The other idea that struck me was placing reading in opposition to research and writing.  As a person who designs and implements research programs for undergraduates and trains them to work on my own research, I know the value of reading for research. I know some academics who look down on basic bibliographic research, but that research is the foundation for any subsequent research. An inability to read well at this stage does not bode well later down the road.  I have seen students who have never been asked to grapple with a “difficult’ text that challenged them. As a result, they lack the confidence and ability to do so. If a student never has to grapple with a dense text, then a student will never learn how to grapple with a dense text. But it’s about more than grappling with jargon or a boring text. It’s about developing critical reading skills that they can use anywhere.

Rather than denigrating difficult texts, perhaps what we should teach students is how to read smarter, which would really make the best use of their time and engage them with the material.   Miriam E. Sweeney offers some great insights in her post, “How to Read for Grad School.” Instead of a cursory review of the material, these suggestions offer a reading strategy to ensure the reader understands the material at a sufficient depth to be able to engage its ideas. There are probably others who have written similarly.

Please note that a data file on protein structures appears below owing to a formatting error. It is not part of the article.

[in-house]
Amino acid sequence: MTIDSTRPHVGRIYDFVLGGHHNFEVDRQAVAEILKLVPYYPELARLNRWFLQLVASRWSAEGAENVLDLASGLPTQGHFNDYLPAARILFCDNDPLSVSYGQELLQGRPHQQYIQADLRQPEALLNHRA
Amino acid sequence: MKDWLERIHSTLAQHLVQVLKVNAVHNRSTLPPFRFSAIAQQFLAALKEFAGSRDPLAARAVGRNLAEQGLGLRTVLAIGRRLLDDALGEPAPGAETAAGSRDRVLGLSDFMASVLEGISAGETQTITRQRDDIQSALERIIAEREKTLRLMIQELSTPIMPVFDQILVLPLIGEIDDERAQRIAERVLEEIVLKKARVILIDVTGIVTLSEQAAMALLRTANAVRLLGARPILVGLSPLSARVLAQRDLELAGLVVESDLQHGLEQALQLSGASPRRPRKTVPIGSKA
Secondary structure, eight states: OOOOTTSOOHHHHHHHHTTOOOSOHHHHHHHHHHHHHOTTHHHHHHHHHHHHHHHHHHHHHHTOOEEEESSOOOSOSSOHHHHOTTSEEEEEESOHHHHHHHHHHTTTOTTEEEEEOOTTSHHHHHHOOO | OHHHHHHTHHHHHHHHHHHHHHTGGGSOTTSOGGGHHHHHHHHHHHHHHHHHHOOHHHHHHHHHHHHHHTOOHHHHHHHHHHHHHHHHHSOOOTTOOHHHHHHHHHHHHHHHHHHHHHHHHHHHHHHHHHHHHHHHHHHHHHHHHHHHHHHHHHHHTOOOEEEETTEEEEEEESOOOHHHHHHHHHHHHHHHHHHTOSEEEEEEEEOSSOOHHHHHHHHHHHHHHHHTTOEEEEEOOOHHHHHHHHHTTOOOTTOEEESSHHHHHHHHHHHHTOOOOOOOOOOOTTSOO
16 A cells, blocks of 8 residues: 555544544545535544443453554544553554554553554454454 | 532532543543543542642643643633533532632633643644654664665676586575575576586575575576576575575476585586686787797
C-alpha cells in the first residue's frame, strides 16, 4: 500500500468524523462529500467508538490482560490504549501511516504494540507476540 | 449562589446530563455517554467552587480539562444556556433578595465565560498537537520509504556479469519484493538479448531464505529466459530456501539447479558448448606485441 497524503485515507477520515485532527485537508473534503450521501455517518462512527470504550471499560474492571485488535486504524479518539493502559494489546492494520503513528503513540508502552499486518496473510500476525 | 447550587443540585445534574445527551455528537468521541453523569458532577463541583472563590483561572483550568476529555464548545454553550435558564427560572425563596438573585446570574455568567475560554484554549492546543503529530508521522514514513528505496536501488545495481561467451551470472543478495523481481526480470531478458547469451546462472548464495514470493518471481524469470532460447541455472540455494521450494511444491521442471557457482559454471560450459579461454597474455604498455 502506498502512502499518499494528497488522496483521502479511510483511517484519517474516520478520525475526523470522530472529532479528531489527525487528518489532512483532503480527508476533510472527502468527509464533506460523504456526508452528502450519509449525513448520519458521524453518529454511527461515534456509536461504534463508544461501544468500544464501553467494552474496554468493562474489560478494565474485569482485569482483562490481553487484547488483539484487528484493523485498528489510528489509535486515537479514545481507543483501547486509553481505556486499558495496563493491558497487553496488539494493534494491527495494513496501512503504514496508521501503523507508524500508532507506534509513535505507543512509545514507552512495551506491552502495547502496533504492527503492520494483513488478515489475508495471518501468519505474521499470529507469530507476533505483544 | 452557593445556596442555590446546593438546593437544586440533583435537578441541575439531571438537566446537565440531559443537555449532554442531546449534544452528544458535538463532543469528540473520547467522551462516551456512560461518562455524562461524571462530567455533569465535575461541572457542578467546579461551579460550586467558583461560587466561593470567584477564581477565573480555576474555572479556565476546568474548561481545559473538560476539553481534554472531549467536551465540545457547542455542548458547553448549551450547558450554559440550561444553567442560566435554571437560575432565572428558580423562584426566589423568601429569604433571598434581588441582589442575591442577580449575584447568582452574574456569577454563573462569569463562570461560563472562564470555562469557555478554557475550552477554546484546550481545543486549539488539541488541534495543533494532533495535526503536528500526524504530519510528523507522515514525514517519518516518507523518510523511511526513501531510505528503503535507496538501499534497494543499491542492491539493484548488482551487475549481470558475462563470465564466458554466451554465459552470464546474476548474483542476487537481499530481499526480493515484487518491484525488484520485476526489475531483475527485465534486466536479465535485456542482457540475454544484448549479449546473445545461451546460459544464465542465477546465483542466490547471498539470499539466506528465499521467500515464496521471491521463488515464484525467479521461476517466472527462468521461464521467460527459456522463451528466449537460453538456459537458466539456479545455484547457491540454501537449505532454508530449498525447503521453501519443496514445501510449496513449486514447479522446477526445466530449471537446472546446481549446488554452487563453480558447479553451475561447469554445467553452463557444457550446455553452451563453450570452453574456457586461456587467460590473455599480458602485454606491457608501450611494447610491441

In the 1970s, I remember seeing public service advertisements for the Reading is Fundamental program, which was designed to increase literacy rates. Reading is still fundamental. The way to address student reading is not to encourage students to avoid difficult reading, but to teach them how to engage it.

Sources

MacPhail, Theresa. “Are You Assigning Too Much REading? Or Just Too Much Boring Reading?” The Chronicle of Higher Education, 27 Jan 2019, https://www.chronicle.com/article/Are-You-Assigning-Too-Much/245531 (21 Mar 2019).

Miriam. “How to Read for Grad School.” Miriam E. Sweeney. 20 Jun 2012, https://miriamsweeney.net/2012/06/20/readforgradschool/ (21 Mar 2019).